Looks like we're installing ceramic floor tile in the living room. I've
done plenty of tile work before. Tub surrounds, custom showers, kitchen
counters & backsplashes, but never a floor.
Underlayment is 40-yr-old concrete slab. We're pulling up old linoleum
floor tile squares from the 60s. These were adhered to the slab with
We intend to use thinset to lay the ceramic tiles but don't know if we
should attempt to remove the old asphalt mastic first, down to bare
concrete. This is NOT an easy or non-messy job. Size of the area would
require several gallons high VOC and highly flammable solvent to remove
the asphalt. (I should know. I've done this job before, too.)
Can we apply thinset & tile over the old asphalt mastic?
We appreciate knowledgeable answers from experienced individuals.
Here\'s some of my work:
You would need a polymodified thinset.
Your floor would be as strong as the old asphalt mastic.
If you remove to bare concrete, then you would not need the polymodified.
I am a profesionall tile layer, I recommend bare concrete.
Thanks, Troy. That puts a name on what I need to do the job one way.
I saw some stuff at HD today; Jasco Sealer & Adhesive Remover
that is advertised to remove old mastic. Sure sounds better than a 5
gallon can of lacquer thinner.
Ever used this stuff or similar?
Here\'s some of my work:
A 40 year old slab will be very stable.
Not _any_ polymer modified thinset will do. It must state on
the bag that it will adhere to "Cut-back" adhesive.
In that circumstance I would use a product called
Laticrete 333. (made by Laticrete of course).
It is a liquid which you mix with non-polymer modified
(plain ol') thinset. It makes the strongest, stickiest
thinset I've ever found.
If you can't find Laticrete 333, be sure to look carefully
on the bags of other thinsets to be sure it sticks to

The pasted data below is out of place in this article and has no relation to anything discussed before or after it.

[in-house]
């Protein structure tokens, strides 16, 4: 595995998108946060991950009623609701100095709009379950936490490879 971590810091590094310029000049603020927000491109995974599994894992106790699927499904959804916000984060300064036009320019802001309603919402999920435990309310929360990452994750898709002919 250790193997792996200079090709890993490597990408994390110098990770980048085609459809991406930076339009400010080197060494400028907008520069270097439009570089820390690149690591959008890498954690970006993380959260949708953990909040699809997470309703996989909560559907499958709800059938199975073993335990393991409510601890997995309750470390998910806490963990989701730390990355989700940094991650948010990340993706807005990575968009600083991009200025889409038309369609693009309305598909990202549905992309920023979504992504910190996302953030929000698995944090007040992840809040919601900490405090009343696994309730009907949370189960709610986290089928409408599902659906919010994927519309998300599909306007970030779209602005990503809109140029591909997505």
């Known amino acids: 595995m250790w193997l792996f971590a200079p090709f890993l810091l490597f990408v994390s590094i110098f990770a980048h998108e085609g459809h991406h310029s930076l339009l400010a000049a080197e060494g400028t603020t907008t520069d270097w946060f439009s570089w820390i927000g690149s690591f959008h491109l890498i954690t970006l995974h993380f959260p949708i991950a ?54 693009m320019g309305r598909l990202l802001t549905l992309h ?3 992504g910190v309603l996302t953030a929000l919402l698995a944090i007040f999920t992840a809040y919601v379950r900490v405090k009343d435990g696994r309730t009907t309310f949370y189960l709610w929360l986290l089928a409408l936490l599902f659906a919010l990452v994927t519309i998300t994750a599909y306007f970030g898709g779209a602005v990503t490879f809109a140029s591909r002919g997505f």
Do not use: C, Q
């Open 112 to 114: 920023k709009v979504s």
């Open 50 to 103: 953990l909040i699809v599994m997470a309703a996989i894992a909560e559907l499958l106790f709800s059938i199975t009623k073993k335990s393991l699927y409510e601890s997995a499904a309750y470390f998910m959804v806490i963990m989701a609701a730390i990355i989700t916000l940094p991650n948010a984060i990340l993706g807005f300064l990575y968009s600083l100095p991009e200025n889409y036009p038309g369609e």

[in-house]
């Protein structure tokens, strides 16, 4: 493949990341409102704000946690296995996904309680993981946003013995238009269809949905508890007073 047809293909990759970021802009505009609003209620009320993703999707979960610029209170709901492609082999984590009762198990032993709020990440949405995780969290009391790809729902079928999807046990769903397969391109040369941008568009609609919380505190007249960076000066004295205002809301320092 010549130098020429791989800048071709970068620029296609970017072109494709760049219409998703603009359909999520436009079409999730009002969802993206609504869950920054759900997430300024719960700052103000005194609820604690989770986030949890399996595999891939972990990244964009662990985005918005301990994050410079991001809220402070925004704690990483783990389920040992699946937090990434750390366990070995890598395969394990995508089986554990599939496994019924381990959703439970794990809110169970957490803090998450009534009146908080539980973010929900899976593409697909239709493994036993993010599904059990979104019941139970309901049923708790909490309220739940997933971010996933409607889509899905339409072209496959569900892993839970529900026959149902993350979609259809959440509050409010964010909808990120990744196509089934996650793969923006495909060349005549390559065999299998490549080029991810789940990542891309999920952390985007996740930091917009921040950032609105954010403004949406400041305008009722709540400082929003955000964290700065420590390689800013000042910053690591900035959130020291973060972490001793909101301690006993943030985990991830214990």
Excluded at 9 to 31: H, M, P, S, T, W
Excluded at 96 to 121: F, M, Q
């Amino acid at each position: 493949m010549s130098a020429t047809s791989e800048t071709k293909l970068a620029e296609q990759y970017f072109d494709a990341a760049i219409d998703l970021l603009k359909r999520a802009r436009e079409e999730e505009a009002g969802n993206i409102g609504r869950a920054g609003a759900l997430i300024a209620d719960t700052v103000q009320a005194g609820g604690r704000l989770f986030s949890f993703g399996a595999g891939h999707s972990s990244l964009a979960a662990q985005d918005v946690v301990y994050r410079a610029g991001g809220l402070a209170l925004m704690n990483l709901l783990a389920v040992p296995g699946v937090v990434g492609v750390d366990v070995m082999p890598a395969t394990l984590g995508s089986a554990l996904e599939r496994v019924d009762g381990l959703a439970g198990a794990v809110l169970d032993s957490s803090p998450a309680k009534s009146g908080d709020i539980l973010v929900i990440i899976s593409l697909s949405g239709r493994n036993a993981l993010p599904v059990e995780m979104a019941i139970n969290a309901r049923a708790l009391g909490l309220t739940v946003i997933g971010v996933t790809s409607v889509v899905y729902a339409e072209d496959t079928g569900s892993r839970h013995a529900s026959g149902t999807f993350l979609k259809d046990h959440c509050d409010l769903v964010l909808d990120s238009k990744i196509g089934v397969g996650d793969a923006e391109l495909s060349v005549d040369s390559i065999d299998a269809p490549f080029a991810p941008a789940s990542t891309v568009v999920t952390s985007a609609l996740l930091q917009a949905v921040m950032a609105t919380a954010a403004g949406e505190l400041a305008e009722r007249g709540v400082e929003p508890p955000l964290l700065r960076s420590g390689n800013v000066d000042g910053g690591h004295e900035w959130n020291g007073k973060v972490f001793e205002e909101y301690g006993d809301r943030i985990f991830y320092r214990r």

NEVER trust the sales person...they have no freekin idea
what they're talking about. The chemists who create the
products, and the companies who guarantee them, are
a little smarter than the know-it-all store employee.
There are multiple thinsets for many different applications.
It is amazing to me that people will trust the dopey guy
working the 'tile department' that day, when the bag of thinset itself
has very specific printed information on it.
After scraping off all loose adhesive, and washing the
floor with clean water, skimcoat the floor with
a thin layer of the correct thinset, pressing the skimcoat in
with a flat trowel. Pressing or forcing the thinset into the floor
helps to create a good bond. Let this dry 24 hours and you'll
have a strong thin coat of material over that adhesive that
won't want to let go. Then you can use any polymer modified
thinset to lay the tiles.
Two thinsets (of many I'm sure) that I know of for this specific
Bostic's D-70 ProFlex Thinset Mortar
Roberts' R-Flex III Enhanced Polymer Fortified Thinset Morter
and... a reading link for Frank:
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